Launch provider Relativity Space announced it will provide up to six dedicated launches for Iridium to place the company’s ground spare satellites into Low Earth Orbit (LEO). The launches will take place on an as-needed basis using Relativity’s Terran 1 3D printed rocket. The first launch is expected to take place no earlier than 2023.
Iridium will determine when launches will take place, but Relativity Space may have to wait beyond 2023. The second-generation Iridium constellation finished last year has 66 orbital satellites and 9 in-orbit spares. Presumably, a ground spare would be launched if one of the production or in-orbit spares goes bad.
“The upgraded Iridium satellite constellation is operating incredibly well, but it’s prudent to have a cost-effective launch option available for future spare delivery,” said Matt Desch CEO of Iridium. “Relativity’s Terran 1 fits our launch needs to LEO well from both a price, responsiveness and capability perspective. And we know based on our previous experience that there are great benefits to engaging with a provider early on during development of the launch vehicle and it evolving around our particular needs.”
The Relativity Space Terran 1 is the “just right” option for Iridium, given the size and mass of its satellites. Rocket Lab’s Electron is too small for putting an Iridium NEXT satellite into orbit while SpaceX’s Falcon 9 is too big to justify the cost for a dedicated launch unless it was a very convenient rideshare opportunity with other customers onboard.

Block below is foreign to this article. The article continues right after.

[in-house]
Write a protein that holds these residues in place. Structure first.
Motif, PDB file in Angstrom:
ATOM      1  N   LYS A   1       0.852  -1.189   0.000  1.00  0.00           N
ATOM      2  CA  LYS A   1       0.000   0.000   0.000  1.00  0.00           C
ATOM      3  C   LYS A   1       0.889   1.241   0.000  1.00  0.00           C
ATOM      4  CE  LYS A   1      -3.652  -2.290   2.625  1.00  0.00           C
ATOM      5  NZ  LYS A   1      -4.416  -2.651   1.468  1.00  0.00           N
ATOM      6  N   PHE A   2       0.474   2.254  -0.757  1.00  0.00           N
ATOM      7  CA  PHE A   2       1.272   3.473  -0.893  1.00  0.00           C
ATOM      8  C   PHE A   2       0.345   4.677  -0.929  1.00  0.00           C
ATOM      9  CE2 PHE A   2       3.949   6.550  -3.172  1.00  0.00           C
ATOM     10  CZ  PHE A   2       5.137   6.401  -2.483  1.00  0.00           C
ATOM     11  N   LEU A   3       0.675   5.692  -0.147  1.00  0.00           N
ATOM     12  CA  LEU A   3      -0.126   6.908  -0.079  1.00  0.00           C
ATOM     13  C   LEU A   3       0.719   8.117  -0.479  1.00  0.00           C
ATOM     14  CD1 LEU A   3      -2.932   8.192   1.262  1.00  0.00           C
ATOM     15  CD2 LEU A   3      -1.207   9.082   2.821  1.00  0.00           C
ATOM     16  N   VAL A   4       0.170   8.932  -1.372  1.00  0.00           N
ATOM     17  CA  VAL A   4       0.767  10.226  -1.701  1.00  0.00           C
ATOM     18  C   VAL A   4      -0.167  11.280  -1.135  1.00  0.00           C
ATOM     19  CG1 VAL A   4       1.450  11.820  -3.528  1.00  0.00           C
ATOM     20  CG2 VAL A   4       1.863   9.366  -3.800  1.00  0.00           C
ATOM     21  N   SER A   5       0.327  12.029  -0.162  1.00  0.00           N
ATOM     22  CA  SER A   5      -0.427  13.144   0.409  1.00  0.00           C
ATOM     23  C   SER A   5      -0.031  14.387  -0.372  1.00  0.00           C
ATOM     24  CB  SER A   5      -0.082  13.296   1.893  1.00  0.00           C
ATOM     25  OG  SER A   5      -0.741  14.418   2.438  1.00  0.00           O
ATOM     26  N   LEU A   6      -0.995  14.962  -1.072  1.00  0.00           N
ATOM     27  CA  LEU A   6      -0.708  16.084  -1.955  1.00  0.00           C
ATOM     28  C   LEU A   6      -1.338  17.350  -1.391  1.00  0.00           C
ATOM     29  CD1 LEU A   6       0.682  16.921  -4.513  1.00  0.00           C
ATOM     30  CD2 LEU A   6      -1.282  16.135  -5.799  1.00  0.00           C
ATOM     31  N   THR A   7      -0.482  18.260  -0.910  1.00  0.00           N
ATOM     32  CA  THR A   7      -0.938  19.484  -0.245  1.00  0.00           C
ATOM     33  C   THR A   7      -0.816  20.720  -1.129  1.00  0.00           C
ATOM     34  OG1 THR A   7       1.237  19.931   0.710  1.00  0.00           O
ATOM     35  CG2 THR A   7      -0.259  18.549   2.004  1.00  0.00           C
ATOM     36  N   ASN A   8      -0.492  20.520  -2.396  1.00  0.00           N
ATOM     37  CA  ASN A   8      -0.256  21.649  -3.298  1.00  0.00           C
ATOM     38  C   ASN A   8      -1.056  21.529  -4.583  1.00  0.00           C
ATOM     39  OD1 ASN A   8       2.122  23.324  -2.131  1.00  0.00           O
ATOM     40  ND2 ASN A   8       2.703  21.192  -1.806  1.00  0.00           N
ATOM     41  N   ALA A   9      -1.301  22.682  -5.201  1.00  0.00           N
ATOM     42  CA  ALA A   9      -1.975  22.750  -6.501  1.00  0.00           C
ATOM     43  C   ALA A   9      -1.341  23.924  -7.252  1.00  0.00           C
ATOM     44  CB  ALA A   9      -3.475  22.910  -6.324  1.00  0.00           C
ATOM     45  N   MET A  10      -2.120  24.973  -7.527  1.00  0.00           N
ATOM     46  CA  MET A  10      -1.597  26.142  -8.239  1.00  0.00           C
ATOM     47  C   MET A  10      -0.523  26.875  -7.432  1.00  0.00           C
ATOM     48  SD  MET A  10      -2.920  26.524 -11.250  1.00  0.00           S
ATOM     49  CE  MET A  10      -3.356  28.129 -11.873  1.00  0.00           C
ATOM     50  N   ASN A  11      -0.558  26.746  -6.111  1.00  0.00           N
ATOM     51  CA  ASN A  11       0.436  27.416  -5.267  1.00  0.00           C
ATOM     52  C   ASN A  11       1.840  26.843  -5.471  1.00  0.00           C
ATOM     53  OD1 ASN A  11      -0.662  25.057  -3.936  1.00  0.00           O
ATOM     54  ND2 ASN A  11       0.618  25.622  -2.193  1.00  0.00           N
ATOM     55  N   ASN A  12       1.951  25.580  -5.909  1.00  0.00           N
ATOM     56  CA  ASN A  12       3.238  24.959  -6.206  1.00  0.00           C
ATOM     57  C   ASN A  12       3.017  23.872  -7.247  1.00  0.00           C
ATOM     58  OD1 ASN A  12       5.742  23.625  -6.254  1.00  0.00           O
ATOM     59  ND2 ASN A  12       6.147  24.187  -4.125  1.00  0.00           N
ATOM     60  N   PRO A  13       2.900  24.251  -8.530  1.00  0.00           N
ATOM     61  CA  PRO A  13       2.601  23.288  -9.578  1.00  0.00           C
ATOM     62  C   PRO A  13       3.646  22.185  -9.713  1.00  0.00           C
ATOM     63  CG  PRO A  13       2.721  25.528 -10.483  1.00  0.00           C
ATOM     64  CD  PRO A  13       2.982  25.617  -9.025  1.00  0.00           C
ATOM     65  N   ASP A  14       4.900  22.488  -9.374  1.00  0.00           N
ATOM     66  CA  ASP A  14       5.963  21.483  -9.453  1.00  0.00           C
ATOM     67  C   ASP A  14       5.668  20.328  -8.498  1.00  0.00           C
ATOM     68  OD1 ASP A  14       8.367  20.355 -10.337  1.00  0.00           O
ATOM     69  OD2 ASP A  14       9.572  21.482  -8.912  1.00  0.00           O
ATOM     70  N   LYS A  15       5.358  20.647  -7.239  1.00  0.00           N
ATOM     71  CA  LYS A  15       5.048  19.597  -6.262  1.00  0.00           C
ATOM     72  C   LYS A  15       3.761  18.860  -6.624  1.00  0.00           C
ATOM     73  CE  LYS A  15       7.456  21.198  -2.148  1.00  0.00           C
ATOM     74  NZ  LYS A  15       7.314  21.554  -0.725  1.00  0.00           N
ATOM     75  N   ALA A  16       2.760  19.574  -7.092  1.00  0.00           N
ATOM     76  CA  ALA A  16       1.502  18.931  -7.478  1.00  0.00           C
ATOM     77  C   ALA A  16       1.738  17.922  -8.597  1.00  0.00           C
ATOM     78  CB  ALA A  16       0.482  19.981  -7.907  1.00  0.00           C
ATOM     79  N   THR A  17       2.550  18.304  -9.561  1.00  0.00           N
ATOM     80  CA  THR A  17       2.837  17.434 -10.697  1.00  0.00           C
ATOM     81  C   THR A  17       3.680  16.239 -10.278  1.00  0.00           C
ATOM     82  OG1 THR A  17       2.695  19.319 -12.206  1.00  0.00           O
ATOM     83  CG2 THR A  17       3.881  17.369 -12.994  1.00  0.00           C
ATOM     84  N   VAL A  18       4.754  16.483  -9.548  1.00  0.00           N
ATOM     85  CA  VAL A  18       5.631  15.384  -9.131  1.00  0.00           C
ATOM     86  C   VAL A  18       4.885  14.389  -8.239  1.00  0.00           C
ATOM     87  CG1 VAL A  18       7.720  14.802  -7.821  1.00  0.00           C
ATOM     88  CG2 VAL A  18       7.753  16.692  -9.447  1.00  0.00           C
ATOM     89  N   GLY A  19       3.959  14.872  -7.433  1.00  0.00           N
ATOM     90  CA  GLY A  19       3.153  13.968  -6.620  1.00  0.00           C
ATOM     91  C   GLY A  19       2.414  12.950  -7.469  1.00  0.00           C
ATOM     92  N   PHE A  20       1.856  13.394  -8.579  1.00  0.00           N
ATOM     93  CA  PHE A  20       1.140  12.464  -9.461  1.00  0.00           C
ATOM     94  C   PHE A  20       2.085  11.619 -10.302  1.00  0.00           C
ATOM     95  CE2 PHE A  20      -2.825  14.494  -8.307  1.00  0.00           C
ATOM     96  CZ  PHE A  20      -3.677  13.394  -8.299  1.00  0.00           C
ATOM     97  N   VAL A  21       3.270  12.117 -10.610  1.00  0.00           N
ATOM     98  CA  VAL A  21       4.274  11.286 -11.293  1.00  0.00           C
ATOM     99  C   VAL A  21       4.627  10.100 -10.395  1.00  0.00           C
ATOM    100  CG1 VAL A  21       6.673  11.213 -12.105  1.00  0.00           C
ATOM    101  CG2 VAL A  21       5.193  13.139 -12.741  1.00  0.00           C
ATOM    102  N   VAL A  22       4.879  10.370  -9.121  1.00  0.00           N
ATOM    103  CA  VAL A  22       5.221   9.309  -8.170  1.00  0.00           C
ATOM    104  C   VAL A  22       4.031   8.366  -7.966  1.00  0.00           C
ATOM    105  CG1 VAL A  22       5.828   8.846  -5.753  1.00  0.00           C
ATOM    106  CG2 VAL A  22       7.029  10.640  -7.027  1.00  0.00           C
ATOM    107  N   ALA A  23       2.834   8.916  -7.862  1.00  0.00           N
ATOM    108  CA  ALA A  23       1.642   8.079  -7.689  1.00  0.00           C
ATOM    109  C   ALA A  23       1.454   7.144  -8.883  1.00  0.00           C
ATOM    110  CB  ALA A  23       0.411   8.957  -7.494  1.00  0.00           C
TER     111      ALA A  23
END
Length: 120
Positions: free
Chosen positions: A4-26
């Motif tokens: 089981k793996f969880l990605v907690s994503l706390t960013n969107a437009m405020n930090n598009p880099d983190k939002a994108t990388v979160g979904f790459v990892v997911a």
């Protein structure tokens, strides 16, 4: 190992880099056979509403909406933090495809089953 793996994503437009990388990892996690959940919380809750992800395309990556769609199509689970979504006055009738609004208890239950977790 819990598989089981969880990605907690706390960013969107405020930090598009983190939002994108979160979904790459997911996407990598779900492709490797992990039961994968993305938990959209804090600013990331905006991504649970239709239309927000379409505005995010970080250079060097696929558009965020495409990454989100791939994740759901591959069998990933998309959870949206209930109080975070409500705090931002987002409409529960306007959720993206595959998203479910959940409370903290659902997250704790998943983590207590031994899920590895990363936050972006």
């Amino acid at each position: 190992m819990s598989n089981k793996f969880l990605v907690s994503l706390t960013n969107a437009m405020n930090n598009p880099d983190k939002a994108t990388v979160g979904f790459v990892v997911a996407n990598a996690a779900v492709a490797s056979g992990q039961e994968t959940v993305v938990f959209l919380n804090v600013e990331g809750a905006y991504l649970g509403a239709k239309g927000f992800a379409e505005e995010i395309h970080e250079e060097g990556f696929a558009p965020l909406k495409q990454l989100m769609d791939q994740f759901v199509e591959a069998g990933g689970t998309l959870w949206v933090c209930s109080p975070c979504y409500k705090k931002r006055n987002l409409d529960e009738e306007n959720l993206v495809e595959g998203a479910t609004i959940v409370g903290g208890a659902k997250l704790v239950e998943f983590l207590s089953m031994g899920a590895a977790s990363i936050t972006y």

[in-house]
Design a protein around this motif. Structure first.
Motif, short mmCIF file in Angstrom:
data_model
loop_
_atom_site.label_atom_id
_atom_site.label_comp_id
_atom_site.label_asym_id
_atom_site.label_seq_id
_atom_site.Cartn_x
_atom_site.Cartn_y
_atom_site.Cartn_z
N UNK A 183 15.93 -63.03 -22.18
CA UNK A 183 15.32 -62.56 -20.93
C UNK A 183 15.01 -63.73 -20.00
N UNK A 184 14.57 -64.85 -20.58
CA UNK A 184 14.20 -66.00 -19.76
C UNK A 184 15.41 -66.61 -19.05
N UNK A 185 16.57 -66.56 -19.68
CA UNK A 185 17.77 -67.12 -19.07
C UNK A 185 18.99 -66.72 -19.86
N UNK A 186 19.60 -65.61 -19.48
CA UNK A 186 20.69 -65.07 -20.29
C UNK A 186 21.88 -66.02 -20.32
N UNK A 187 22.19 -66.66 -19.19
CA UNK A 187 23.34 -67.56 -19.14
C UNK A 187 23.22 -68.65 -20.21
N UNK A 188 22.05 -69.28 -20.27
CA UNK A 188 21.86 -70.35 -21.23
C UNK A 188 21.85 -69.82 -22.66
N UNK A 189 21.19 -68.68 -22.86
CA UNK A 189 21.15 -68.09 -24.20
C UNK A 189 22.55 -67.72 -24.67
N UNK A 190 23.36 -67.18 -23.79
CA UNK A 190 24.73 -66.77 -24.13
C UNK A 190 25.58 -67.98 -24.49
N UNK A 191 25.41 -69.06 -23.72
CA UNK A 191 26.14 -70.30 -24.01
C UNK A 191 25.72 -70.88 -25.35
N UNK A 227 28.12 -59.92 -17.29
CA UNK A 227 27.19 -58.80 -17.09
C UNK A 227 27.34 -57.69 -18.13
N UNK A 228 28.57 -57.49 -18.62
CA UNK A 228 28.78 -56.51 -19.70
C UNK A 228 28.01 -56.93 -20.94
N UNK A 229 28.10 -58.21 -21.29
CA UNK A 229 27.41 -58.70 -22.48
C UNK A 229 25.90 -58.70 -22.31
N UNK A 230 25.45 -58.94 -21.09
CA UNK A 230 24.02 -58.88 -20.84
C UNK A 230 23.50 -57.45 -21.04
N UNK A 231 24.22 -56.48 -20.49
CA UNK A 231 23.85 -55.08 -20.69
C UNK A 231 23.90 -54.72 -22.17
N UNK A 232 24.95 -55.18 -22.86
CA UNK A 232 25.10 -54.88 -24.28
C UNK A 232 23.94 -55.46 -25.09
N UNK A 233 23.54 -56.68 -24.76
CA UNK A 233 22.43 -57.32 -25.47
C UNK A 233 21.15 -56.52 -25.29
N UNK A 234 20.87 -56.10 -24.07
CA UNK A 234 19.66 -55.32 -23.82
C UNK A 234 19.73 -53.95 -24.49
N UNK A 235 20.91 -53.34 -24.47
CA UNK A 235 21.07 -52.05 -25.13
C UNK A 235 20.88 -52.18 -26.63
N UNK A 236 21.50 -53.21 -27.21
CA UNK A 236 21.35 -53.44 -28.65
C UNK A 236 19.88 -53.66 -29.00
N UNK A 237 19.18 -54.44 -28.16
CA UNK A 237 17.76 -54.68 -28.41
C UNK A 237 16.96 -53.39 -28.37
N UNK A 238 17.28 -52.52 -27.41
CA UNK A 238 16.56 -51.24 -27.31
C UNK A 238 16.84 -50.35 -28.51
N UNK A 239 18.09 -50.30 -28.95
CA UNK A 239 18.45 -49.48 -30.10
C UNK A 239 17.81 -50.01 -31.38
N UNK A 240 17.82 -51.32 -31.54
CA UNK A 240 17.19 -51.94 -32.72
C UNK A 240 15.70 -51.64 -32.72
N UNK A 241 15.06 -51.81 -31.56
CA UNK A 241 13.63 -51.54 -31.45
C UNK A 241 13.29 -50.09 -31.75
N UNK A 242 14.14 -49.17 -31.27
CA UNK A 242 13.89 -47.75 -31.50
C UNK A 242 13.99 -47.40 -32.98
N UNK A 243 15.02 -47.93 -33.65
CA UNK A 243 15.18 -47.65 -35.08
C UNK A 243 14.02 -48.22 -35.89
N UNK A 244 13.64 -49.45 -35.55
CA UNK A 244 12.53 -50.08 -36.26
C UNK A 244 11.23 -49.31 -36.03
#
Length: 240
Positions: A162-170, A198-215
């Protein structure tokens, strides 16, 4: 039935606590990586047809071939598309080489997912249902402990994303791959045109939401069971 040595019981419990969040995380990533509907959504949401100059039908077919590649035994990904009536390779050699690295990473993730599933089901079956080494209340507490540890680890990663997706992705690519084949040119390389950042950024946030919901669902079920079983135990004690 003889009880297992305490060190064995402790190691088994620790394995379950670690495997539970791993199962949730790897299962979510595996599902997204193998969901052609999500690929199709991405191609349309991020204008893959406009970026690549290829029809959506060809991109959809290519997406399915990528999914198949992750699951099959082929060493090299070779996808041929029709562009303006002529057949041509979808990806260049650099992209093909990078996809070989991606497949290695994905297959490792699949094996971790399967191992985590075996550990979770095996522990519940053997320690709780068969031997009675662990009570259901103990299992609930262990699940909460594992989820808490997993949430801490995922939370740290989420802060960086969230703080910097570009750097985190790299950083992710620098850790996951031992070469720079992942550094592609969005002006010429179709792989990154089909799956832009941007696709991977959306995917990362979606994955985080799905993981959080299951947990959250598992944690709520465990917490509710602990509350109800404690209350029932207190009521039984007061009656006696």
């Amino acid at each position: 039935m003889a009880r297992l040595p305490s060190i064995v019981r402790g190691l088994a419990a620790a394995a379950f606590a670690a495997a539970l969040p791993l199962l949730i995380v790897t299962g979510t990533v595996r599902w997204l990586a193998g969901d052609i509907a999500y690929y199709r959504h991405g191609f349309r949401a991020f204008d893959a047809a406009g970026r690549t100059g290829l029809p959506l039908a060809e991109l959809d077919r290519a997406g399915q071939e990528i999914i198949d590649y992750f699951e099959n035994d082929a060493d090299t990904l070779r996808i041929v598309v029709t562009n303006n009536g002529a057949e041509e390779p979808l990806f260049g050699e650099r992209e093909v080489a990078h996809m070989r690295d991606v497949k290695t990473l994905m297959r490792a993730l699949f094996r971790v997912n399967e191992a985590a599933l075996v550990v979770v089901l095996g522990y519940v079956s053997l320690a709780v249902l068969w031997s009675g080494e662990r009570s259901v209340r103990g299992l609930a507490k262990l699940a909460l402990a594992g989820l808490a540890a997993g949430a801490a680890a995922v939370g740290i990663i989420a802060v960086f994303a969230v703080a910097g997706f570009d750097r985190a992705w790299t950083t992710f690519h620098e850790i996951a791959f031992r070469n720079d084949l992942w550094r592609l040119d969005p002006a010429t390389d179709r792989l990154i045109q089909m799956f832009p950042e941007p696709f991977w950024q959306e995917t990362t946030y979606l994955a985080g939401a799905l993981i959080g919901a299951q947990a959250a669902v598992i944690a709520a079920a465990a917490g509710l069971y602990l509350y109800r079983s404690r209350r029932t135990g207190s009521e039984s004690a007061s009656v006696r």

Facilitating the Iridium launch-on-need agreement, Relativity has gained the rights to build and launch from the Vandenberg Air Force Base in California. Access to Vandenberg enables Relativity to place satellites into polar orbits needed for the Iridium satellite constellation. It also provides a second launch site for Relativity Space, which previous signed an agreement to launch from Cape Canaveral Launch Complex-16 in Florida.
Iridium is the fifth announced launch company for Relativity and the first to commit to launch from Vandenberg. Relativity says with its robotics and 3D manufacturing technology it can produce an entirely 3D printed rocket from raw materials to flight in less than 60 days. First flight for Terran 1 is expected to take place in 2021 from Cape Canaveral. Momentus has purchased the first launch and has options to buy up to five more. Investors supporting Relativity include Bond, Tribe Capital, Playground Global, Y Combinator, Social Capital, and Mark Cuban.